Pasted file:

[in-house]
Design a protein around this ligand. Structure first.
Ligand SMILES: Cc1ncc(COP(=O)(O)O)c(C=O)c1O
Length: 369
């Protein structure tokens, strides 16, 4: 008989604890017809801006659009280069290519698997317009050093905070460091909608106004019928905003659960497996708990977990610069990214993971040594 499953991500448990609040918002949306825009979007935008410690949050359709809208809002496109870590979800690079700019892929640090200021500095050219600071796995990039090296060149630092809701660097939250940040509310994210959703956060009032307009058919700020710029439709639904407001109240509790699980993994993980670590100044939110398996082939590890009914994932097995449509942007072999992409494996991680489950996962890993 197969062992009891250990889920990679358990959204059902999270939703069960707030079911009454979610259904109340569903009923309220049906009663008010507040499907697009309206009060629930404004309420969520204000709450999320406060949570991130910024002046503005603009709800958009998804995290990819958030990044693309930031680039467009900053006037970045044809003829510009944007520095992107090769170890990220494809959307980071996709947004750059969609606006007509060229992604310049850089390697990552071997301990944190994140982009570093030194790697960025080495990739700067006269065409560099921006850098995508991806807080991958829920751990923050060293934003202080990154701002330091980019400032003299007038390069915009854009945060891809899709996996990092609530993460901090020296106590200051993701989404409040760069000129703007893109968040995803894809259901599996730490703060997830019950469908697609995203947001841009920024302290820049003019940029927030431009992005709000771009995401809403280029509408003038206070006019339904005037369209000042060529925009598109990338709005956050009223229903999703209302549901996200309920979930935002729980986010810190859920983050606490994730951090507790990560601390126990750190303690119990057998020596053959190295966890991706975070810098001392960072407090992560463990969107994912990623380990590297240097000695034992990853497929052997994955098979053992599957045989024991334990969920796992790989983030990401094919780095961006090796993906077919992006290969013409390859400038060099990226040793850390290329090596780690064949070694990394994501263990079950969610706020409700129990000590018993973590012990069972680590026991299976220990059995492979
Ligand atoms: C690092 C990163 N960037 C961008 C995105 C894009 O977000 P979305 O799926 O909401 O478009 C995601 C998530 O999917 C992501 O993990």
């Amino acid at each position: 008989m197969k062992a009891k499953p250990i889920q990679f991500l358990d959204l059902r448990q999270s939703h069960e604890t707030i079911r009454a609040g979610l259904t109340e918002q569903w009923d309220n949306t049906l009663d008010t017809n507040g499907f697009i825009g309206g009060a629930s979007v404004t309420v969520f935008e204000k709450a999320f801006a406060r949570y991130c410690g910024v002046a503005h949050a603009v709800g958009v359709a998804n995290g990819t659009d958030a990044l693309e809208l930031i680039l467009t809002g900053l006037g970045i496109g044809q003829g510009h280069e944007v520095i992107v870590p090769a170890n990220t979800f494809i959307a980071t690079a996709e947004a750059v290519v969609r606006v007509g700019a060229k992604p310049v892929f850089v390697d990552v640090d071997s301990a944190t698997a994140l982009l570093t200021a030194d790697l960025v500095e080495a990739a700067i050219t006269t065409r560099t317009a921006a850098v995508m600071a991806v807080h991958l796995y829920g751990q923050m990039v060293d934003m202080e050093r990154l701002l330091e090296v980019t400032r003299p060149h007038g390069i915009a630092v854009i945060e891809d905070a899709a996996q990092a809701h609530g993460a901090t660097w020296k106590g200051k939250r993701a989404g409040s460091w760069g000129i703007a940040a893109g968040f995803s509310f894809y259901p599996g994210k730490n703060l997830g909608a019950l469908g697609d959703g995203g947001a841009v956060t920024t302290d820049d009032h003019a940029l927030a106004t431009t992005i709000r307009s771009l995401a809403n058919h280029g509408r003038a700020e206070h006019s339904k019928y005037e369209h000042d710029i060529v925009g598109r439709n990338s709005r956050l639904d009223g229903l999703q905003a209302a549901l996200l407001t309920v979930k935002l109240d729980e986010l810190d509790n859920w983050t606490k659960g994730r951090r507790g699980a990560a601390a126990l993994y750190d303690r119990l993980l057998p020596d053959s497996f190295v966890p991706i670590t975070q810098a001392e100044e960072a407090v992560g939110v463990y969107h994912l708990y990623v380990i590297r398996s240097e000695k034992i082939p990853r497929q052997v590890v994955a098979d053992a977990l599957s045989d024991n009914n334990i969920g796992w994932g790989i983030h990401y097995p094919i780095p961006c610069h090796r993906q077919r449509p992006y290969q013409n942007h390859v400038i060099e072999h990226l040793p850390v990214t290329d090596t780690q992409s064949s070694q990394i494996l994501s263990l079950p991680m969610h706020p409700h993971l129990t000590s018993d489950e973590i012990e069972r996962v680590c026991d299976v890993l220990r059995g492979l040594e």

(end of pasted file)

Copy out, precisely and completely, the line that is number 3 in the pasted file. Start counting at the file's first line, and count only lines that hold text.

Ligand SMILES: Cc1ncc(COP(=O)(O)O)c(C=O)c1O